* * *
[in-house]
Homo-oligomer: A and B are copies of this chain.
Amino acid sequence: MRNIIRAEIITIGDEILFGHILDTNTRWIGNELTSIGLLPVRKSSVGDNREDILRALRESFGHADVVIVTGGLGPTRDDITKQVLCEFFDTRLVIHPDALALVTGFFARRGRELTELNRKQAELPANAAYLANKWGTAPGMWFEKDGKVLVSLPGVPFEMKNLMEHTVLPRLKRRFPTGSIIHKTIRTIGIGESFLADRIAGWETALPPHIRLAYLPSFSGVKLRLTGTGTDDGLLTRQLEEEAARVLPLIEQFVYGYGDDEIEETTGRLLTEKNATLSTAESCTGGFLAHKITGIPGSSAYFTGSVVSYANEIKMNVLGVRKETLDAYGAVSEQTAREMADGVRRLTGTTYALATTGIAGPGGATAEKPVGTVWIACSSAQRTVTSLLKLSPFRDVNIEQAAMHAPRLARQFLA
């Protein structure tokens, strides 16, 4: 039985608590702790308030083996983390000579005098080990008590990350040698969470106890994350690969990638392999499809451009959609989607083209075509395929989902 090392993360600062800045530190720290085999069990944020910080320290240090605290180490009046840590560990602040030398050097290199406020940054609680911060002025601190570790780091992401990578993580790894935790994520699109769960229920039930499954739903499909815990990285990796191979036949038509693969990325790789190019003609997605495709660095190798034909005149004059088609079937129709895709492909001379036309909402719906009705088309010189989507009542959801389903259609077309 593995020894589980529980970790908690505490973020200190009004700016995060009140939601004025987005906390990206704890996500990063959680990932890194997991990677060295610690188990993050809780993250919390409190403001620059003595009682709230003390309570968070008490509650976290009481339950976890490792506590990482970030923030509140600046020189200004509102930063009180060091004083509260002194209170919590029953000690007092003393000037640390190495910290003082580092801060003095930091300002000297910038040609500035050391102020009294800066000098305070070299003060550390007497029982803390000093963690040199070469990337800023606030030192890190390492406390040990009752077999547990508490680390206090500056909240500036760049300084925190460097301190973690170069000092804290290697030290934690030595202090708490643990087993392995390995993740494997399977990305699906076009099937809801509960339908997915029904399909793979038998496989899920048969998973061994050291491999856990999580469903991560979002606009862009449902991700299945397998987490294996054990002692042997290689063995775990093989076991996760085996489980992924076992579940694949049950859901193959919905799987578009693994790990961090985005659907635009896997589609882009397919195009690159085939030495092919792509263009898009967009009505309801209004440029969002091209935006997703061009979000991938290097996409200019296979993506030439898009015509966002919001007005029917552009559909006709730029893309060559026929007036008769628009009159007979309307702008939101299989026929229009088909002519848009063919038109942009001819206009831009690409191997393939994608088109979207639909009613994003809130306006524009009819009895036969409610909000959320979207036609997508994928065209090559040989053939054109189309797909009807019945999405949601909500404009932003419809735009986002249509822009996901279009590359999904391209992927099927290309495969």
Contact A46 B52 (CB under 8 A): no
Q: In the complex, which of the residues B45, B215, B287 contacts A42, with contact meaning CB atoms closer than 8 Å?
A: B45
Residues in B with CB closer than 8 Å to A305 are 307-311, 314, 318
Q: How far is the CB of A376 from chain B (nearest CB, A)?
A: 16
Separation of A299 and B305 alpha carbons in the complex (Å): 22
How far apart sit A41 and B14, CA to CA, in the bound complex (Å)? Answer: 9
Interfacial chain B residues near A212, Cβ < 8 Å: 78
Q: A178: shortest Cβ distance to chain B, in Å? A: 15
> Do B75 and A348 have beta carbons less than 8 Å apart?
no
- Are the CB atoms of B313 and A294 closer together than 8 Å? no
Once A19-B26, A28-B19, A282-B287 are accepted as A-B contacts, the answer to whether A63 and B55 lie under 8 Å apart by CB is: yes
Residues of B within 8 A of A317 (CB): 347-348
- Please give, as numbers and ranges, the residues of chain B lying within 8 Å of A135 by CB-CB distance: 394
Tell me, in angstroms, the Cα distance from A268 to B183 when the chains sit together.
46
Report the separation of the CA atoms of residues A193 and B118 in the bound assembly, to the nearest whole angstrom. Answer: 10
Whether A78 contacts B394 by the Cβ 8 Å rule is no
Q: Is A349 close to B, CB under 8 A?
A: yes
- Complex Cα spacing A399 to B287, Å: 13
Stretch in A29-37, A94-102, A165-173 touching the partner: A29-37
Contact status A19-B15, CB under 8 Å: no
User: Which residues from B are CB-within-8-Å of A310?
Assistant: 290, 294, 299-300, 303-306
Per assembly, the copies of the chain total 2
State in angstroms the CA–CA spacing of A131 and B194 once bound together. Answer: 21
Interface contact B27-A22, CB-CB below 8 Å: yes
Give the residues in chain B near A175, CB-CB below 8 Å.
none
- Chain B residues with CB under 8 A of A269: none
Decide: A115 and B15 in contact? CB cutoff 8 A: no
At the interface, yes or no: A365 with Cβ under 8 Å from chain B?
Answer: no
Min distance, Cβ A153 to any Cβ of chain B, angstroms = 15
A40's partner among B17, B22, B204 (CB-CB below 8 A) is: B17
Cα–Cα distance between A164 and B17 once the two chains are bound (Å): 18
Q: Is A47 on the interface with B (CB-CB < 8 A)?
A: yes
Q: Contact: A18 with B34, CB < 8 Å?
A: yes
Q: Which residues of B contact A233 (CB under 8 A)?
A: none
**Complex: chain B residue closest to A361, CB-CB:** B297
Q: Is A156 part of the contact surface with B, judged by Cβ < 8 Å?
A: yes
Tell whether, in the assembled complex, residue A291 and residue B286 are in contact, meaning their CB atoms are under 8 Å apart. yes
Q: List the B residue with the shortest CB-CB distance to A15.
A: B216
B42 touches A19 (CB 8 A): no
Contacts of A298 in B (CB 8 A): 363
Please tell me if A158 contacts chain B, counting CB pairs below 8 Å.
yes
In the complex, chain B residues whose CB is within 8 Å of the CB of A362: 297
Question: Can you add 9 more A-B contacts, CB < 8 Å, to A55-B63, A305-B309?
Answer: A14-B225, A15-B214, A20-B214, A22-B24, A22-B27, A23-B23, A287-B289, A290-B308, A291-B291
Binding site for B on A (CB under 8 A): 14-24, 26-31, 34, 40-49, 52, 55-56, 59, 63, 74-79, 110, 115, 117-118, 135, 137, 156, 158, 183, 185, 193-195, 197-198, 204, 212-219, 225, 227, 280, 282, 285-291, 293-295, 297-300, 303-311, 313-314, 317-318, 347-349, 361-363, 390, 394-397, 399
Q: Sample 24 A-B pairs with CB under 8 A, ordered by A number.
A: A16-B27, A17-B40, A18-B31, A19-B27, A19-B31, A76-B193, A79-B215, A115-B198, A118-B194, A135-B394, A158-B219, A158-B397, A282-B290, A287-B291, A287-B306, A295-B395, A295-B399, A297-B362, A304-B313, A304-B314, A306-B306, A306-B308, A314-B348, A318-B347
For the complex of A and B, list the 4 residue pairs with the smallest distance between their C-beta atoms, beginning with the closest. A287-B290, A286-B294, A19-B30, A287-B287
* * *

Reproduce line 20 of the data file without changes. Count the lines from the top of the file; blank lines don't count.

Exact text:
- Please give, as numbers and ranges, the residues of chain B lying within 8 Å of A135 by CB-CB distance: 394